Herein, we retrospectively assessed GRFS and CRFS in 684 patients transplanted at Johns Hopkins over an 11-year period. Given the particular transplantation platforms employed at Johns Hopkins during that time, our analyses included three regimens that differed in terms of donor type, conditioning, and GvHD prophylaxis, although all uniformly used bone marrow as the graft source and PTCy. Thus, these analyses are restricted to comparing these transplantation platforms and are limited by the heterogeneity in the diseases and characteristics of the patients enrolled.
Non-relapse mortality was defined as death without disease recurrence or persistence. When estimating cumulative incidence, non-relapse mortality was a competing risk for relapse and vice versa. Disease-free survival events consisted of any detectable disease after transplantation or death from any cause. Disease-free survival was defined from the date of transplant to the date of the event. Overall survival was defined from the date of transplant to the date of death from any cause. Post-relapse survival within relapsed patients was defined from the date of relapse to death. Patients still alive at the time of last follow up were censored for disease-free survival, overall survival, and post-relapse survival. Acute GvHD and chronic GvHD were diagnosed and scored using the modified Keystone Criteria21 and the National Institutes of Health Consensus Criteria,20 respectively. Graft failure, donor lymphocyte infusion, relapse, and death were considered competing events when estimating the cumulative incidence of GvHD. GvHD scoring was performed by SM or CK with second independent assessment by the Johns Hopkins’ GvHD specialist (JBM). The definitions of composite endpoints were similar to those in ongoing BMT CTN randomized studies (#1203 and #1301). GRFS was defined from the date of transplant to the date of last follow up without grade III–IV acute GvHD, chronic GvHD requiring systemic treatment, relapse, progression, or death.22 CRFS was defined from the date of transplant to the date of last follow up without either moderate or severe chronic GvHD, relapse, progression, or death.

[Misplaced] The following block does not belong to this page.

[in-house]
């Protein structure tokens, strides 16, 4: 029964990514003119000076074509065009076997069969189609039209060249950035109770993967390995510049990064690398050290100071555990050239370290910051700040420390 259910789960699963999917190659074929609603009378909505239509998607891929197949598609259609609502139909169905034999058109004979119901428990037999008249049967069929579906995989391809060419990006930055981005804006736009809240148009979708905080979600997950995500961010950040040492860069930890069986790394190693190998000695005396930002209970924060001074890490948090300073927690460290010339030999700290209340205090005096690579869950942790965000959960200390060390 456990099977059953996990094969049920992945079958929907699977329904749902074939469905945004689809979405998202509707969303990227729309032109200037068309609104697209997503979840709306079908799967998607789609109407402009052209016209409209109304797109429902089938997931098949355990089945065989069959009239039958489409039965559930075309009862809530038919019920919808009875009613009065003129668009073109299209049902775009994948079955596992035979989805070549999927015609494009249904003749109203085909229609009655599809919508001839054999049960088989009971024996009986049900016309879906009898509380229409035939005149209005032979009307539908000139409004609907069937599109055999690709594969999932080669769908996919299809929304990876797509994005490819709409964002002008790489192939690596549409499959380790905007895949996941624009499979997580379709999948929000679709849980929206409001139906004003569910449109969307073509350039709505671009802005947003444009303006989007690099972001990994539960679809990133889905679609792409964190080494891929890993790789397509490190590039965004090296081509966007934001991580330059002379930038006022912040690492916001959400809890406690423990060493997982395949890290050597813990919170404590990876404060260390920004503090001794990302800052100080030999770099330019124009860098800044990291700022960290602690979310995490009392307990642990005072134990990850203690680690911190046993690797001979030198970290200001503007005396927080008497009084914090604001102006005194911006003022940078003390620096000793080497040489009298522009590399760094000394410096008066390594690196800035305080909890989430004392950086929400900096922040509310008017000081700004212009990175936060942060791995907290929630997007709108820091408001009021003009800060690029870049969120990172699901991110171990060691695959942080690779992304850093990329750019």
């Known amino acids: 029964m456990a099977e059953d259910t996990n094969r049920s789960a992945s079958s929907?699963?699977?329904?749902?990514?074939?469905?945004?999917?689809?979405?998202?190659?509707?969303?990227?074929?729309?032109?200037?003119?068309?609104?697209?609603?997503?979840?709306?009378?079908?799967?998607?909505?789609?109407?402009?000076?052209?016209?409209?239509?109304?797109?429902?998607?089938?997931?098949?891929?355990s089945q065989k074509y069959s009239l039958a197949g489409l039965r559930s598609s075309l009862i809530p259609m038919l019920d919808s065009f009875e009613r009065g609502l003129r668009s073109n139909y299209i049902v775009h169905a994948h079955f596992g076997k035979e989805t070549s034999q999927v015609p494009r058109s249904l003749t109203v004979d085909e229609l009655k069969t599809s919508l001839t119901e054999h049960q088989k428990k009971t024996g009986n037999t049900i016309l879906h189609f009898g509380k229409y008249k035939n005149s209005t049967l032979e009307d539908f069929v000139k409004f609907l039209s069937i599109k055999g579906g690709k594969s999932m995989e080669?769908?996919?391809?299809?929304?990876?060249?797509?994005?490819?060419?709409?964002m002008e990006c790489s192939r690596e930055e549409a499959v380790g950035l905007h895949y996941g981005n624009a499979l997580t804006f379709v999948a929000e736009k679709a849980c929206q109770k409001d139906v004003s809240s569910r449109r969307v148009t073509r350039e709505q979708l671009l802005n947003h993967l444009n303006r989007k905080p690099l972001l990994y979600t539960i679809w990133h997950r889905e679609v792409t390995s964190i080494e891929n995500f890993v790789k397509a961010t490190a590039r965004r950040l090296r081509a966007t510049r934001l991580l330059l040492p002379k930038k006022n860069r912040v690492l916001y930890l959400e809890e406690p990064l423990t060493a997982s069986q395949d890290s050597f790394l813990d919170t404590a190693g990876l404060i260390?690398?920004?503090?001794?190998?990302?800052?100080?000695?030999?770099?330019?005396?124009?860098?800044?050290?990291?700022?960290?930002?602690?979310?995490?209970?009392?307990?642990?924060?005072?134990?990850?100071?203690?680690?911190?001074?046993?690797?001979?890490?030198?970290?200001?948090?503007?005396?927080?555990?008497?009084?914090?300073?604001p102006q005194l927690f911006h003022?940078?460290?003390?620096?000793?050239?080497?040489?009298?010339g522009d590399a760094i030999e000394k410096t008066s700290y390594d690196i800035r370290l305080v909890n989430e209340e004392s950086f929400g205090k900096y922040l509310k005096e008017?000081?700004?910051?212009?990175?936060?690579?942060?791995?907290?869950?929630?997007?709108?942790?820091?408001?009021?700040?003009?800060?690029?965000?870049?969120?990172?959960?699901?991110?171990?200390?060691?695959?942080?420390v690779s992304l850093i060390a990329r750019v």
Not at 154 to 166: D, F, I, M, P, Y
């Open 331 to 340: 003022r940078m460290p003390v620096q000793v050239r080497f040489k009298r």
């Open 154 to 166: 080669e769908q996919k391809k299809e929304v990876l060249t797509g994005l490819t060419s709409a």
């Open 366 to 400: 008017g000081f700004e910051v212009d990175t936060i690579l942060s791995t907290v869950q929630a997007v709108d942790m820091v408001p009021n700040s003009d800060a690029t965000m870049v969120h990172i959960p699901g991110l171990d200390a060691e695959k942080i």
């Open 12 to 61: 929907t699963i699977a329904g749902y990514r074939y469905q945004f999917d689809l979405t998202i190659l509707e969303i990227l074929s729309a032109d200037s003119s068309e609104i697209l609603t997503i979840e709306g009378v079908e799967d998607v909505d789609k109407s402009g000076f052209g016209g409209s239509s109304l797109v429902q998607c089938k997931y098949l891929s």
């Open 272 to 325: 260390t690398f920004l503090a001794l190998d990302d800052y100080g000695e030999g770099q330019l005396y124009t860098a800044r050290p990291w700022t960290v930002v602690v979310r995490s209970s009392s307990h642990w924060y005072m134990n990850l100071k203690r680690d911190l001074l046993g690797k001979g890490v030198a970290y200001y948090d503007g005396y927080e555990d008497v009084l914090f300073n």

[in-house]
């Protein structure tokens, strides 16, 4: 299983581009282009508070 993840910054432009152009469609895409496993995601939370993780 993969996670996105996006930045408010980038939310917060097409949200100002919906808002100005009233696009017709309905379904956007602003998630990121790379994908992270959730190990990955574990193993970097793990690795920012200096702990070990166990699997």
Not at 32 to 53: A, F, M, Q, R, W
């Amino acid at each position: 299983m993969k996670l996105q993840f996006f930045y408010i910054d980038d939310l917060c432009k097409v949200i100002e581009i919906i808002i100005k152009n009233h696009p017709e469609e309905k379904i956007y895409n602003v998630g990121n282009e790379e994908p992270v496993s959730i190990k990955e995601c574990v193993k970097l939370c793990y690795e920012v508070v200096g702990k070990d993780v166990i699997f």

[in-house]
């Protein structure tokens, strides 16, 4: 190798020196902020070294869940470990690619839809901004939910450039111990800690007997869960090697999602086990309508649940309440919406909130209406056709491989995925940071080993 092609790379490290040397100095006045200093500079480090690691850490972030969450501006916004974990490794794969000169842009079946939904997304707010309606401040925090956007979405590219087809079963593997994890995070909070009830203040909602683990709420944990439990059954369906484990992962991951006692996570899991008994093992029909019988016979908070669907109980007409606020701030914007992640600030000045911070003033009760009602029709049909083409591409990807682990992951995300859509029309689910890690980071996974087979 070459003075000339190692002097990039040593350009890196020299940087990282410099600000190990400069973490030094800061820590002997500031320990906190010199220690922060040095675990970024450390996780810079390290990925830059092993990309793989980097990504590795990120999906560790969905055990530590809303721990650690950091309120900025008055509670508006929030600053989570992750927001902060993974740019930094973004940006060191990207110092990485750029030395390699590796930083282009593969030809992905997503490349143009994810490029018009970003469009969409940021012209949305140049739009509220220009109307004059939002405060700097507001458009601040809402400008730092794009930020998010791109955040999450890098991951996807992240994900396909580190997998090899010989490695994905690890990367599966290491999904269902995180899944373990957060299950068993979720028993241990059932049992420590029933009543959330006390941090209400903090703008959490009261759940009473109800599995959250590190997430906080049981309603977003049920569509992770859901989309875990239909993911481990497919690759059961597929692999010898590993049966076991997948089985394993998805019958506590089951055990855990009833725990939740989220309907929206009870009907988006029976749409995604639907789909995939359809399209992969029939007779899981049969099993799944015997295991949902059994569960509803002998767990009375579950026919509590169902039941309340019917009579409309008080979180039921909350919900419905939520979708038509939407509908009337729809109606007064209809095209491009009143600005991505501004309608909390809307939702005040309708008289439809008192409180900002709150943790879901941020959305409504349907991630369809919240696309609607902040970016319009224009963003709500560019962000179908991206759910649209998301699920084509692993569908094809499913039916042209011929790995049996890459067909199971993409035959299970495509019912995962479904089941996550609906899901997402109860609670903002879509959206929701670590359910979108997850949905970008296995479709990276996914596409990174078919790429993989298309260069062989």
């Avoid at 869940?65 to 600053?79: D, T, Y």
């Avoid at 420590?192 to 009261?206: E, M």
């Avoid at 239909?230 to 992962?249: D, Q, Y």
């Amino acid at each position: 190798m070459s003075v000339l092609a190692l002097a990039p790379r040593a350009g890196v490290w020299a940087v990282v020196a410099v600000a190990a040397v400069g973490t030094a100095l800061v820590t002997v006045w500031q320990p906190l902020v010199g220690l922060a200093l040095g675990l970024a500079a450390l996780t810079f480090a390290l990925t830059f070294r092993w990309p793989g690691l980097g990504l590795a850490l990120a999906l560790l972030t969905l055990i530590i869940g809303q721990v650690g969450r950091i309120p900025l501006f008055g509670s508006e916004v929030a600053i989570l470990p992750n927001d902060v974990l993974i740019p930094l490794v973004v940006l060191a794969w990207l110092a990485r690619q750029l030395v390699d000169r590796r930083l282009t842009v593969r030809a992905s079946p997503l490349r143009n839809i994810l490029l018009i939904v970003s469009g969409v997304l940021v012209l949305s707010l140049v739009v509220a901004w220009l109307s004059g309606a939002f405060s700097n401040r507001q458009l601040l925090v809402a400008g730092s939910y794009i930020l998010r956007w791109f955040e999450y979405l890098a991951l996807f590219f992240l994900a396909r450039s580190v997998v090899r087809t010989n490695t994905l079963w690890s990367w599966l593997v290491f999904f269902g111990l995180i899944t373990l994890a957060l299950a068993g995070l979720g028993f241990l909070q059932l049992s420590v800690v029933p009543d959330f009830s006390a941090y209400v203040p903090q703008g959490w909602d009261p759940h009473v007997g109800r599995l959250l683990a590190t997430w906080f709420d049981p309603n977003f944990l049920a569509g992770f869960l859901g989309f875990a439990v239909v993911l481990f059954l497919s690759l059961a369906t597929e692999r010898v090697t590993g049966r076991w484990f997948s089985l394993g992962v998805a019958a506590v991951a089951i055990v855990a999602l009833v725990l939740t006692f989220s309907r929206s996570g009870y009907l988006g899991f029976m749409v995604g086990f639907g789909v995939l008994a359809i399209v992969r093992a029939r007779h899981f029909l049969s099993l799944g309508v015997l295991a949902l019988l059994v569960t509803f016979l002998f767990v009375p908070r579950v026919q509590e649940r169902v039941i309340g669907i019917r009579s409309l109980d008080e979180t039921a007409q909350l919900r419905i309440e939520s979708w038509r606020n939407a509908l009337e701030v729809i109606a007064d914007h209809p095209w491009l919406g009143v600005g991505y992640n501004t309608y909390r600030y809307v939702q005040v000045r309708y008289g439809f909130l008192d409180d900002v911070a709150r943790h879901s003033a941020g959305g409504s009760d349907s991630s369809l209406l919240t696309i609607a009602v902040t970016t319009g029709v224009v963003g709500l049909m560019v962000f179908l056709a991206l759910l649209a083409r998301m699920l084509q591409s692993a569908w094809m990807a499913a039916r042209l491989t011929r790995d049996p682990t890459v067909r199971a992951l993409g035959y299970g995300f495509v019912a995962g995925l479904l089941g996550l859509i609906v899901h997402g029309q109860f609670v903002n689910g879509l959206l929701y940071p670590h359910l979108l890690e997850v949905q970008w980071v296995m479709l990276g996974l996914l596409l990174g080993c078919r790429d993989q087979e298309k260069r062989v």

The primary objective of this study was to evaluate GvHD composite endpoints after PTCy-based transplantation platforms. The data were locked on August 3, 2015. The patients’ characteristics and clinical variables are described and summarized. Disease-free survival, overall survival, GRFS, and CRFS curves were estimated using the Kaplan-Meier method and survival distributions between groups were compared with stratified log-rank tests.23 All group comparisons were tested stratifying by year of transplant (2009–2012 versus 2002–2008) based on the median year of transplantation. There was a higher proportion of patients undergoing haploidentical BMT than MA HLA-matched BMT from 2009–2012 and thus we stratified by BMT year to account for the impact of experience with PTCy-based transplantation platforms. The cumulative incidences of GvHD and relapse were estimated by competing risks and the distributions between groups were compared using the Gray k-sample test.24 Cox proportional hazard models were fitted to evaluate associations between risk factors and survival outcomes. Regression models for outcomes accounting for competing risks were evaluated using the stratified approach of Fine and Gray.25 Additional descriptions of multivariable and post-relapse survival analyses are provided in the Online Supplementary Material.
Patients and treatment
After Institutional Review Board approval, we retrospectively evaluated 684 consecutive patients with hematologic malignancies aged ≥18 years who received MA matched related donor (MRD), MA matched unrelated donor (MUD), or non-myeloablative (NMA) haploidentical BMT with PTCy at Johns Hopkins between 2002 and 2012. Recipients of NMA MRD and NMA MUD transplants were not included given the small numbers of patients treated after establishment of a uniform treatment regimen (n=21). Patients were treated either on Institutional Review Board-approved clinical trials or off-study using identical transplantation platforms. The majority of patients in this analysis were included in previous reports.272617161110 Additional details on donor selection and treatment plan are provided in the Online Supplementary Material.